Steve Stoeckel – The Power Of And
Steeped in historical rock, gently tossed with pop melody goodness, and carefully served with attention to detail, Steve Stoeckel’s debut LP, The Power Of And (February 2023), is a careful look at what rock music can be in the age of overproduction. From the lead-off track, Laura Lynn, to the finale, Whistling Past Graveyards, each song is crafted with a simple story, a good melody, Stoeckel’s imperfect but infectious vocals, and instrumentation that offers just enough, without being too much. From start to finish, The Power Of And is a worthy catalog addition to any musical addict’s library.
Marching out first, Laura Lynn is a song about unreciprocated love. Stoeckel is out front with guitars, bass, and lead vocal. Backing vocals are provided by Eric Willhelm (drums), and Rick McClanahan. The organ, which adds a nice retro flare to the song, is provided by David Harper.
Next, Birds weighs in with a slow burn. Here Stoeckel’s theme is about a couple constantly at odds with each other. They are arguing, not for the first time, and the sentiment here is to reconcile. As Stoeckel puts it:
“I need you I love you only you only you
Just keep it simple, it’s not that complicated
Trust me, I’ve been there
And we have cast ourselves aside again
One, two, three-repeat after me
I need you. I love you. Only you. Only you.”
If only more people would resolve their differences with each other this way! Here Stoeckel’s minimalism helps tell the story. Fleshed out simply with handclaps, acoustic guitar, ukulele, melodic bass, and a single vocal, the story is first and foremost in this song.
Next up If/Then is about the choices we make in our lives. It’s a thought-provoking song that is special to Steve Stoeckel. Each of us starts out on our road in life, and we receive signals along the way. Sign-posts if you will, that we need to choose from. Our lives would certainly have been different if we had chosen differently, but this isn’t about what could have been, this is about how we have chosen and how those choices have shaped who we are and who we are with. Stoeckel focuses his sentiments here on the relationship that wouldn’t have been if things had turned out differently, and it is something we probably all think about:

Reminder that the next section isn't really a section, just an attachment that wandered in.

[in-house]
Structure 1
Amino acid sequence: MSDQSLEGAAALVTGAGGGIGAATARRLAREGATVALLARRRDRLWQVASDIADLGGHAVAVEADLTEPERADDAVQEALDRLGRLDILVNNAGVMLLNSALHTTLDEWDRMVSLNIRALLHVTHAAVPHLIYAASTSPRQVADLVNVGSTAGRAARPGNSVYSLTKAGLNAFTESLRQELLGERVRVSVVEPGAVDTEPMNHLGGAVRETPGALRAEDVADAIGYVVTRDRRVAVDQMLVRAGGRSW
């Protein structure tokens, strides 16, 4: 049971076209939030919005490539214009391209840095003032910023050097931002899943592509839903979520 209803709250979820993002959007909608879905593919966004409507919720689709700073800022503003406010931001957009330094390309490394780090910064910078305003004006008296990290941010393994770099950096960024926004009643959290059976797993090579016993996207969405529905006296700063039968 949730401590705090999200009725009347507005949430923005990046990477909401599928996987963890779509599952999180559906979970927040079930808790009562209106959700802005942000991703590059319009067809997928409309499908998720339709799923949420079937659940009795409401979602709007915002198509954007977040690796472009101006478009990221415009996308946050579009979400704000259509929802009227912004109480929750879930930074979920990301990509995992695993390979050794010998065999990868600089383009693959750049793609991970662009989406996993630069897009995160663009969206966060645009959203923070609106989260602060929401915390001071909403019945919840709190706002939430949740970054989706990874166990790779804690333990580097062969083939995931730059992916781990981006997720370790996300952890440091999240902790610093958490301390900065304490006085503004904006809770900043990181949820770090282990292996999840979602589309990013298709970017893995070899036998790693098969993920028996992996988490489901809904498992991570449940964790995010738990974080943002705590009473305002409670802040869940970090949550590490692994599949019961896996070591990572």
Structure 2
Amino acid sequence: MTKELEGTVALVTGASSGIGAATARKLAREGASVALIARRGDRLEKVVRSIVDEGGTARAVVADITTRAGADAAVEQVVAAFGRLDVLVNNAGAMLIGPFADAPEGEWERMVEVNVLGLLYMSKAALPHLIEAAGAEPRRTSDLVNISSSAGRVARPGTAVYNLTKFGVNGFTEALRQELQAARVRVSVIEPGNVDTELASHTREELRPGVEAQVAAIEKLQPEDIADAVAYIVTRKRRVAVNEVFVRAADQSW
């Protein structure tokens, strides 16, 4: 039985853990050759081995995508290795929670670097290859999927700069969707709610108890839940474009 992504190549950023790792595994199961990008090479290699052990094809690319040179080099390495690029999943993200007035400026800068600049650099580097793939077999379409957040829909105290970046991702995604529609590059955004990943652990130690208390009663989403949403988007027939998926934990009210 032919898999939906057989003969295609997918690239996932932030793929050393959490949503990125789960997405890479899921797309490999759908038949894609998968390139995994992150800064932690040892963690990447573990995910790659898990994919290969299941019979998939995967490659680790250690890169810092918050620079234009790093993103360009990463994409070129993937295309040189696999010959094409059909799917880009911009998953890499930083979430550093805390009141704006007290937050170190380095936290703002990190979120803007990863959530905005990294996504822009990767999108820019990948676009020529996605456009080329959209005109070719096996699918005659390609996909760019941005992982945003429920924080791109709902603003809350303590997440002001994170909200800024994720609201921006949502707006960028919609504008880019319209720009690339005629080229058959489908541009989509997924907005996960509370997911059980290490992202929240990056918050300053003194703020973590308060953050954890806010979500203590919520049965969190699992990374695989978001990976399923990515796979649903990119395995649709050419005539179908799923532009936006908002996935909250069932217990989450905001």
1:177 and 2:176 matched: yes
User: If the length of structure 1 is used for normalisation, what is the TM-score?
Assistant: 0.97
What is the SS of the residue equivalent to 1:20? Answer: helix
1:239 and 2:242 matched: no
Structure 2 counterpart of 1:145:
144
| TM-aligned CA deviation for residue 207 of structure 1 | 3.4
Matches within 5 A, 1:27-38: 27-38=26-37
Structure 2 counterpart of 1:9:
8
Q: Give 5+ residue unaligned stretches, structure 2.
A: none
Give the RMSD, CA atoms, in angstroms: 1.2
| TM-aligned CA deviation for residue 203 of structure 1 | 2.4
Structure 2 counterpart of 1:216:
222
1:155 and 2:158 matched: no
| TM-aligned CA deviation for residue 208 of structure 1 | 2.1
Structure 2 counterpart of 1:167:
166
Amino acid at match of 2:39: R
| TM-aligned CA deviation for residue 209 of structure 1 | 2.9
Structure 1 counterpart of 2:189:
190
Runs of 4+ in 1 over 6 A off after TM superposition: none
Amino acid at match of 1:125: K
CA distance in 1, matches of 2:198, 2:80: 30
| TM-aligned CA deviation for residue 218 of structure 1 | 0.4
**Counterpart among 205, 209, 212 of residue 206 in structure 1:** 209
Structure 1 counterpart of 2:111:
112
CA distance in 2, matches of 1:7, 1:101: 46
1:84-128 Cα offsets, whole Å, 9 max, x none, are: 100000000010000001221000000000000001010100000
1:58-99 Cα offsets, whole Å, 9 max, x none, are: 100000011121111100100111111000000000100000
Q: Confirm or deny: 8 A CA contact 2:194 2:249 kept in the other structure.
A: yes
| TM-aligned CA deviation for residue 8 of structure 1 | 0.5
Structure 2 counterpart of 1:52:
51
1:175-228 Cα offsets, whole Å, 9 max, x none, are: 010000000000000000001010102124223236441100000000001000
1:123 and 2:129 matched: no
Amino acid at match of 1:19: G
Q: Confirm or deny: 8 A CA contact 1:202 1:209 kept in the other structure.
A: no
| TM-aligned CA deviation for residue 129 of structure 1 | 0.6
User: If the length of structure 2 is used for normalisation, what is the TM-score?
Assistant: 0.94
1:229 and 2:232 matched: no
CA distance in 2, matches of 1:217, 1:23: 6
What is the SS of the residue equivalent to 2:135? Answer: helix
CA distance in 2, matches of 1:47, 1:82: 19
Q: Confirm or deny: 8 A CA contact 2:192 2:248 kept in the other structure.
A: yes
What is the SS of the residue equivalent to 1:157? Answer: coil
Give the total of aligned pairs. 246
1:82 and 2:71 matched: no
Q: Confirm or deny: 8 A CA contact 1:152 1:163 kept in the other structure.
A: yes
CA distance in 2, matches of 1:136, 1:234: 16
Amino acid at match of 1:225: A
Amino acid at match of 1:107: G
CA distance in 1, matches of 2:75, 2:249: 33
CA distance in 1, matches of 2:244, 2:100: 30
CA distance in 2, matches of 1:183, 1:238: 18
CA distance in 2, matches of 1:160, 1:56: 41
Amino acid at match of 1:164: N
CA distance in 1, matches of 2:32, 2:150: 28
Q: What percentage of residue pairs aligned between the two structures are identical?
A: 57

“If you hadn’t been beside me
There in that dim, crowded place
If I hadn’t turned to hear you
And felt the lips that brushed my face
What if we hadn’t recognized us
And all the words to be said?
What if my poetry was sleeping,
Taped to the table, still unread?”
Featuring Stoeckel’s former band, The Spongetones, Mod Girl is about a girl that Stoeckel met outside of a Charlotte North Carolina nightclub in the 60s. She was dressed in the modern clothes of those times. The girl asked him to walk her home, and on the way, she told her story. The mod clothing, it turned out, was just part of a facade. Here Stoeckel is on lead vocal, bass, acoustic, and electric guitars, with Pat Walters playing the solos, Eric Willhelm on drums, and backing vocals provided by Jamie Hoover and Elena Rogers. It’s a great little story and the band provides a full, powerful sound.
Based on an actual dream that provided Stoeckel with both the song and the lyrics, Strange Cameo is a short story (under 2 minutes) about a Facebook friend that Stoeckel had never met in real life who was with him in the passenger seat of his car in a situation where traffic was pure hell. He was stressed, but she calmly gave him helpful suggestions on where to turn. Dreams are often part of creative processes, but this is the first time I’ve heard one turned entirely into music. It’s fun!